Sustainability through investment
A McCain Foods case study

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Page 2: Reasons for investment

McCain Foods wants to find ways to maintain competitiveness by reducing costs. It also wants to establish a more sustainable source for the energy it must use.

The sales revenue left over after paying costs is profit. There are two common measures of profit. Gross profit is the difference between sales revenue and the direct costs of production. At McCain these include costs of labour, materials and energy.

Deducting fixed costs from the gross profit gives the other common measure of profit net profit. This money represents a cash flow that allows the company to purchase further resources and provide a return for the shareholders.

McCain has installed wind turbines and a wastewater treatment system at the Whittlesey plant. These will provide alternative and sustainable sources of energy. However, the two projects together cost nearly £15 million.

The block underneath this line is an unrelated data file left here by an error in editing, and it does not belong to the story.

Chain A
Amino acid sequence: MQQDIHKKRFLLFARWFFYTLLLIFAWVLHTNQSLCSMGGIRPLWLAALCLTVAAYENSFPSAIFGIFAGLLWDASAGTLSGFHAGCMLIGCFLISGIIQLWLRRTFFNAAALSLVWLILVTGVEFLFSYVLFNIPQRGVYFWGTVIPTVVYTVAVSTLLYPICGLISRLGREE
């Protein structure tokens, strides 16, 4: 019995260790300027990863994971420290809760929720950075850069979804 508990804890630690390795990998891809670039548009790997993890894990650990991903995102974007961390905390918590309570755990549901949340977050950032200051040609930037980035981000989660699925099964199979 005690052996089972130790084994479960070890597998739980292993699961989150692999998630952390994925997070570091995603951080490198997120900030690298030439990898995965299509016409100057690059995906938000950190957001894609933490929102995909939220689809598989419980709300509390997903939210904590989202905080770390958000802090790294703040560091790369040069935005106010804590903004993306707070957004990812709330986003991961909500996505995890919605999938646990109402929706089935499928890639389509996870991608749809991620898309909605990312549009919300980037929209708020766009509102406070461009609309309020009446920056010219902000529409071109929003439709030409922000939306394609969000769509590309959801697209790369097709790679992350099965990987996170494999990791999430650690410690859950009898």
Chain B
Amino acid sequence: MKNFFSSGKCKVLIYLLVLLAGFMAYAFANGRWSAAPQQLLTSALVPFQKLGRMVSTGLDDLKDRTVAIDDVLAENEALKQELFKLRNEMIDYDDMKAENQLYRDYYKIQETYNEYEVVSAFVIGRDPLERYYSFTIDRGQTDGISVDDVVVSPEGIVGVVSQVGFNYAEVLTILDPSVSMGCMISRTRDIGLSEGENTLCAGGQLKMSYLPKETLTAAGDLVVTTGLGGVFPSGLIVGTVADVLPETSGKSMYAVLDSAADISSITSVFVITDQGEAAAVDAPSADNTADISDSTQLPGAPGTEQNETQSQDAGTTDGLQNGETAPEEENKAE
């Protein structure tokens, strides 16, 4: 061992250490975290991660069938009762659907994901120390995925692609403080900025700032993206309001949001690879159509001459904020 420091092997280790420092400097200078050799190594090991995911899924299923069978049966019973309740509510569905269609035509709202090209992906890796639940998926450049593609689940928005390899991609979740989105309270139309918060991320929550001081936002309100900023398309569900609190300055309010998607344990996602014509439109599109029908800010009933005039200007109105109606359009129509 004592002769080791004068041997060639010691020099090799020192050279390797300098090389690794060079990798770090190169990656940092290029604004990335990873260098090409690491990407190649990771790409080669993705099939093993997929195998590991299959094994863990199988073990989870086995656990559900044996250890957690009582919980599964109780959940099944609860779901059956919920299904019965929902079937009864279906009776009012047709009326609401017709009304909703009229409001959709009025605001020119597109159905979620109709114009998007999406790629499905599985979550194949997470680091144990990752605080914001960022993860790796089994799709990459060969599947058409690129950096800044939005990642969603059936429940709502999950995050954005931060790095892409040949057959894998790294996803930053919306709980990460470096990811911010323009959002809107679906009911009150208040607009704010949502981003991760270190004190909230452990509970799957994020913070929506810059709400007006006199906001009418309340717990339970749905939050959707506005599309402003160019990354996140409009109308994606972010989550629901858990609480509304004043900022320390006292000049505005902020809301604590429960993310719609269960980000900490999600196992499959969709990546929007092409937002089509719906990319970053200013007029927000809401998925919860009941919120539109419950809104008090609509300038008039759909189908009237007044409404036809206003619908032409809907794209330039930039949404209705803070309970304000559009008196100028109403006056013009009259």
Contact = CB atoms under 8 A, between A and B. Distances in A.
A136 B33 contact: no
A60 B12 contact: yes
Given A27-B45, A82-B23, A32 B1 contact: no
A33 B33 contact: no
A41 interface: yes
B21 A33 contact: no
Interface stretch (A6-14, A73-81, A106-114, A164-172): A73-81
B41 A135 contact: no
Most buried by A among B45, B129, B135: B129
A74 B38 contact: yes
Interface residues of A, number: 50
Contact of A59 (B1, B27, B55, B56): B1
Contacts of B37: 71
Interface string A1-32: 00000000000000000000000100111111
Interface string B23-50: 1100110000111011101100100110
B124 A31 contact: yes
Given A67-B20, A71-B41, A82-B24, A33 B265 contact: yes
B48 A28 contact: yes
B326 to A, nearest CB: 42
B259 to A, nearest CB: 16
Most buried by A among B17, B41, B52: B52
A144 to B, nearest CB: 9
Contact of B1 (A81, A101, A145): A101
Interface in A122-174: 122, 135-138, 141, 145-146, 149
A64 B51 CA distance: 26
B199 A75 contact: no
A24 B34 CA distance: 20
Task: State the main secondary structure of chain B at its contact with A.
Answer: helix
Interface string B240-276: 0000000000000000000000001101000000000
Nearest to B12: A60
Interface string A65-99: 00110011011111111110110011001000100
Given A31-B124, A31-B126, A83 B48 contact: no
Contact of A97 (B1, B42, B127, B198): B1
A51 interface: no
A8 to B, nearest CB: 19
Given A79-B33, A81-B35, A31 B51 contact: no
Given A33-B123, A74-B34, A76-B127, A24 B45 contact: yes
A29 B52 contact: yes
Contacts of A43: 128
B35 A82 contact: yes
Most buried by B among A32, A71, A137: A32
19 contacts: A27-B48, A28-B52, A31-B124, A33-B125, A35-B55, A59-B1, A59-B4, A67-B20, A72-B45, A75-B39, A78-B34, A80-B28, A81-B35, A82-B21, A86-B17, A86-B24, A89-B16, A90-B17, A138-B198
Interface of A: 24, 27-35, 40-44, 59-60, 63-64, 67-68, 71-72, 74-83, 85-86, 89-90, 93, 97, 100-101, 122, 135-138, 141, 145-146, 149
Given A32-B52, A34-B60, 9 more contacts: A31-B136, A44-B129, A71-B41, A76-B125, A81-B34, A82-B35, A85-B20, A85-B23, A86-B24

McCain therefore needed to evaluate the expected financial benefits of both projects before the company could decide to proceed.

  • In the cash flow analysis of the two projects, the cash outflows are the initial investment (in year 0) and the maintenance costs (in years 1 to 5).
  • The cash inflows represent the savings that the two projects will produce in McCain”s energy bill. They increase over time to reflect the potential savings arising from not paying increased gas and electricity prices.

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McCain Foods | Sustainability through investment